September 1964: The UK Government announced the award of the first offshore oil and gas exploration licence in the UK Continental Shelf (' UKCS').
We will shortly mark 50 years on from this and in the same month the Scottish referendum will take place. The Commission is thankful to the Scottish Government for the opportunity to produce this report, which is timely in its proximity to both of these events.
The Scottish Government commissioned this report to inform the debate in advance of the referendum, with an emphasis on ensuring the sustainable future of the UKCS. This showed considerable foresight. The recommendations within this report are therefore intended to provide direction to Government in shaping the future policy framework irrespective of the outcome of the referendum.
In gathering the information and evidence for this report the current record levels of investment contrasted starkly with the message of markedly reduced investment intentions - leading us to the conclusion that the UKCS has reached a critical crossroads.
While there are substantial remaining resources and much to be played for, the UKCS is no longer as attractive an option for investment as it once was and Government must recognise that the sentiment needs to swiftly shift from one of seeking to control access to a sought after resource, to one where investment must be attracted by the many positive features of doing business here.
If there is to be maximum value and longevity obtained from the remaining life of the UKCS, offering an opportunity of scale and significance to the economy, then a step-change in stewardship philosophy is needed.
The industry is making decisions now about their long-term investments, and such decisions will inevitably affect the future sustainability of the UKCS. At this critical crossroads the aim of Government should be to assure thoughtful stewardship and regulation, in a spirit of informed collaboration with industry. Government must recognise the prize that is being played for here in terms of the total value which the UKCS can continue to generate for the nation.
The immediate challenge for Government now is to steer a clear path towards a targeted policy framework which is stable, predictable and internationally competitive. Only this will secure the long-term and sustained investment needed to maximise the potential of the basin.
It is widely recognised that the remaining resources of the UKCS still represent a considerable prize and the need to 'extract every last drop' is commonly accepted. Support for Sir Ian Wood's Maximising Recovery Review has therefore been very strong within the industry, with a focus on a new strategy for Maximising Economic Recovery (' MER') and a new model of stewardship to deliver it. This has formed the starting point for the development of this report.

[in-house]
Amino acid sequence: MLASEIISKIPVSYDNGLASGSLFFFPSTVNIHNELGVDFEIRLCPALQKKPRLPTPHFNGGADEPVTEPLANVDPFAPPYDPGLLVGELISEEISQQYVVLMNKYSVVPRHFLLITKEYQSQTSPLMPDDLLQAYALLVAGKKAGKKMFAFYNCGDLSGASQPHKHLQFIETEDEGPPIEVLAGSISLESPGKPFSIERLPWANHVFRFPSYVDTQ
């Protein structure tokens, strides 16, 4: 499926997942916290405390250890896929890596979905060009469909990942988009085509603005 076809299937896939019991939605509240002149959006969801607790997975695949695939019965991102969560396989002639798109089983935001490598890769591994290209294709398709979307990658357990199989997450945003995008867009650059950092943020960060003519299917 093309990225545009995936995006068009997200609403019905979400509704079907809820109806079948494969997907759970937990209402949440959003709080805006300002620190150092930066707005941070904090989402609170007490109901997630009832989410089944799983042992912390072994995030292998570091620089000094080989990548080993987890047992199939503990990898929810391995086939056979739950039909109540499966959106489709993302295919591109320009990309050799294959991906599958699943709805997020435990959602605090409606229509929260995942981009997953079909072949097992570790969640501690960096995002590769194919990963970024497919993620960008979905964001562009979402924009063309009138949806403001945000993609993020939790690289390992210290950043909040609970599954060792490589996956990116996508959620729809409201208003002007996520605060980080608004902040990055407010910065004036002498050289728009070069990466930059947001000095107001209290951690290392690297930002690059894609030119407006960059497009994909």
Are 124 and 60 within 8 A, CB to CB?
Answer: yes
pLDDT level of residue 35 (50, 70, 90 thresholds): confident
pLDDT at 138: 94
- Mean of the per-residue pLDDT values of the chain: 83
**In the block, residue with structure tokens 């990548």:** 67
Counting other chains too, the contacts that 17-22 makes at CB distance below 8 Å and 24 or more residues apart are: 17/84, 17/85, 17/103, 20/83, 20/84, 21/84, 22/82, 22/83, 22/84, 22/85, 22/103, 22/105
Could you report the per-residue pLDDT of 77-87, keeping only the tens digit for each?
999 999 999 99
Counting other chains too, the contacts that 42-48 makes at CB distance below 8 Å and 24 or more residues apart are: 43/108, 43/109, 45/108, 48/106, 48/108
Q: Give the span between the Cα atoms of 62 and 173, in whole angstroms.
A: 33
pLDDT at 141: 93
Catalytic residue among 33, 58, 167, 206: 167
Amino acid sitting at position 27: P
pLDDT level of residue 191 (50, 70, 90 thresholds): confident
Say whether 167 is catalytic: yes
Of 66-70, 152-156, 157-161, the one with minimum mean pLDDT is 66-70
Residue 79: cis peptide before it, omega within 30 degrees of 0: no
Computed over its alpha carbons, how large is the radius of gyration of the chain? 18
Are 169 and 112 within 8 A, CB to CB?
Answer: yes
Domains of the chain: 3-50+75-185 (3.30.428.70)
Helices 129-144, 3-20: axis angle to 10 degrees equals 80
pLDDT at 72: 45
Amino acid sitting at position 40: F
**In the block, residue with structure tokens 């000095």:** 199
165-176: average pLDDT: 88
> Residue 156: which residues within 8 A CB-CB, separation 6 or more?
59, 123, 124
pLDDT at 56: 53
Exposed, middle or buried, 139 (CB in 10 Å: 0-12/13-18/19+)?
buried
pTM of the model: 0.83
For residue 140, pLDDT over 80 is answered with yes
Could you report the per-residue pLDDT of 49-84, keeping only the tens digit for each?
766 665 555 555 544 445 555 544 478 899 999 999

The Commission has sought to illustrate the imperative for achieving MER through looking at the Total Value Added (' TVA') generated by the sector for the economy as a whole. What is still absent is any real understanding of what overall value is generated by the production of hydrocarbons from the UKCS to the wider economy.
Without this clear understanding it is impossible to judge what is 'economic' in assessing what resources are recoverable. It is also impossible to design policies which will garner the vital future investment and maximise the potential value of the basin.
The Commission believes that clarity on the scale of the opportunity that this value proposition represents, should lead to the setting of an aspiration for additional value creation that will clearly set the tone for how the UKCS is to be managed in the future.
There is a considerable range of estimates of the total remaining hydrocarbons that could be recoverable from the UKCS, from less than 10 billion barrels of oil equivalent ( Bboe) up to 24 Bboe, and in some cases more. The Commission has taken 24 Bboe as the goal which should be targeted. This figure includes technically challenging and expensive resources, some of which are still to be found. However, it is also to some extent informed by recovery factors in existing fields which, with today's methods and technologies, will almost certainly be improved.
A dual approach for delivering MER and generating maximum TVA must set the agenda for Government, the new Regulator and industry, to ensure that we, as the UK or as separate Scottish and rest of UK jurisdictions, take action quickly to maximise the full potential of the UKCS.
This report has had a large number of contributors, and I would like to thank the industry and various stakeholders for their inputs, contributions, help and preparedness to educate me as we have developed this report. Others have helped in more detail for which I am truly grateful.
I would like to thank my fellow Commissioners for their time, patience and contributions and I am also truly grateful to Aberdeen University and The Robert Gordon University for their support in kind.
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